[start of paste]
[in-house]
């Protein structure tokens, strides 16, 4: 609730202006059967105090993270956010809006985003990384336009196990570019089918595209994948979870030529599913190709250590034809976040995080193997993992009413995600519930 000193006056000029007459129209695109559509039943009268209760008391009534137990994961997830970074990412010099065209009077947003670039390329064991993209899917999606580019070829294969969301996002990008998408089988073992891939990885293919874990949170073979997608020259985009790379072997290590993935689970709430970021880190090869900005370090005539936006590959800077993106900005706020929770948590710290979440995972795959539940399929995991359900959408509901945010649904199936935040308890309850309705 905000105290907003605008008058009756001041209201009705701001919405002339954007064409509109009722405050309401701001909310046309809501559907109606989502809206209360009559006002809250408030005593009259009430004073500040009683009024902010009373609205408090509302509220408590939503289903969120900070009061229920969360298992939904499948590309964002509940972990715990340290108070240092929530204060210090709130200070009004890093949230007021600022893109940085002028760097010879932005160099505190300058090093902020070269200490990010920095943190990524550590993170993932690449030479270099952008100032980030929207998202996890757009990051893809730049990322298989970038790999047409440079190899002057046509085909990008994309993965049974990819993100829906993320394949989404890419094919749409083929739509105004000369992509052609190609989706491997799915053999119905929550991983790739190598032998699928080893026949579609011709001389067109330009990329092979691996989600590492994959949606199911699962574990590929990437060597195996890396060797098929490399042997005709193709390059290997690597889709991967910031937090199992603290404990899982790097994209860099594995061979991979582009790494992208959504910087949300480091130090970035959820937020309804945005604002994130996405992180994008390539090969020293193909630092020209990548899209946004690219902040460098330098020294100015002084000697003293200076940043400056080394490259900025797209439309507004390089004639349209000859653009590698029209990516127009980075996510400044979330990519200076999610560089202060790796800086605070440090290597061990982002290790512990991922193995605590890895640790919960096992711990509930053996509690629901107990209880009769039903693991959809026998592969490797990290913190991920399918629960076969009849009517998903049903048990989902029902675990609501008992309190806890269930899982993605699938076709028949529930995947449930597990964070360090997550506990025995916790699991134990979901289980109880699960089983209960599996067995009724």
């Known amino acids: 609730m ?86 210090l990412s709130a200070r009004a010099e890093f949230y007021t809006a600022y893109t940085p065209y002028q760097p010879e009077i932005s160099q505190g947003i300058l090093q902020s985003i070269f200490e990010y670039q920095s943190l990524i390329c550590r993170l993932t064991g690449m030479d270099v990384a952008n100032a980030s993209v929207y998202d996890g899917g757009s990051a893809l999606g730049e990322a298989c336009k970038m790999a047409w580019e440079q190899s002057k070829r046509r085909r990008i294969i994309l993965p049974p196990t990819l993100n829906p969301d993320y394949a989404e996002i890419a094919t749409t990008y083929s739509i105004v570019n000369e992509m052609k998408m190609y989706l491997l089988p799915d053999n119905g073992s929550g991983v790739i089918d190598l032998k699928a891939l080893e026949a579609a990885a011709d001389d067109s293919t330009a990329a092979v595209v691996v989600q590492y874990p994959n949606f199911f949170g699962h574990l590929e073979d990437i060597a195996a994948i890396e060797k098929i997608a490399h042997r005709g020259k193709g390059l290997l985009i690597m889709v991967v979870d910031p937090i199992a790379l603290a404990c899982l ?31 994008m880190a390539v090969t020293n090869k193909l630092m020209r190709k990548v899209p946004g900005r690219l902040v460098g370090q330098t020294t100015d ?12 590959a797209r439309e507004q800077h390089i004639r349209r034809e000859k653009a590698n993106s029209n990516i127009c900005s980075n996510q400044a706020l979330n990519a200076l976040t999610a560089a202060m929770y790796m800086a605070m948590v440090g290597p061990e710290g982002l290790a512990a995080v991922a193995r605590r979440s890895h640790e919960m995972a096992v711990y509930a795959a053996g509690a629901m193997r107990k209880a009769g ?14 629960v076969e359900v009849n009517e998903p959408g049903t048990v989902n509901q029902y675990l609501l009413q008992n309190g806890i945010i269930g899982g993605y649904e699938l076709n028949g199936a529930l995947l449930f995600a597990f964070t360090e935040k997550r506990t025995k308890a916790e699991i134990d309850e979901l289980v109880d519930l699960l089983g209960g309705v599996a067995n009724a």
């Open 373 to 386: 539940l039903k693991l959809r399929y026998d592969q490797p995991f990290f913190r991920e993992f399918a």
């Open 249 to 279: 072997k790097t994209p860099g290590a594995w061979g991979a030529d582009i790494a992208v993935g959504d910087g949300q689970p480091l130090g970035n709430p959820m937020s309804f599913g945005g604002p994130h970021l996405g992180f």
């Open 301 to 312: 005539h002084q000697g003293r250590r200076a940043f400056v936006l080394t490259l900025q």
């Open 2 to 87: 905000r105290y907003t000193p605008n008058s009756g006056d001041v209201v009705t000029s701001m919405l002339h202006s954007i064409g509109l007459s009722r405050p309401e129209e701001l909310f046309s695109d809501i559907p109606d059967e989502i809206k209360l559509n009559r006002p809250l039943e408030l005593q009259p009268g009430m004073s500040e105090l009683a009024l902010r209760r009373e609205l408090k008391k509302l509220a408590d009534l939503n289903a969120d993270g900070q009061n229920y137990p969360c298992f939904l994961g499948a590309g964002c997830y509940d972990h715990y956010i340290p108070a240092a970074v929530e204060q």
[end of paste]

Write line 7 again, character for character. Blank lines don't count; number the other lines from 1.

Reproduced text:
């Open 2 to 87: 905000r105290y907003t000193p605008n008058s009756g006056d001041v209201v009705t000029s701001m919405l002339h202006s954007i064409g509109l007459s009722r405050p309401e129209e701001l909310f046309s695109d809501i559907p109606d059967e989502i809206k209360l559509n009559r006002p809250l039943e408030l005593q009259p009268g009430m004073s500040e105090l009683a009024l902010r209760r009373e609205l408090k008391k509302l509220a408590d009534l939503n289903a969120d993270g900070q009061n229920y137990p969360c298992f939904l994961g499948a590309g964002c997830y509940d972990h715990y956010i340290p108070a240092a970074v929530e204060q």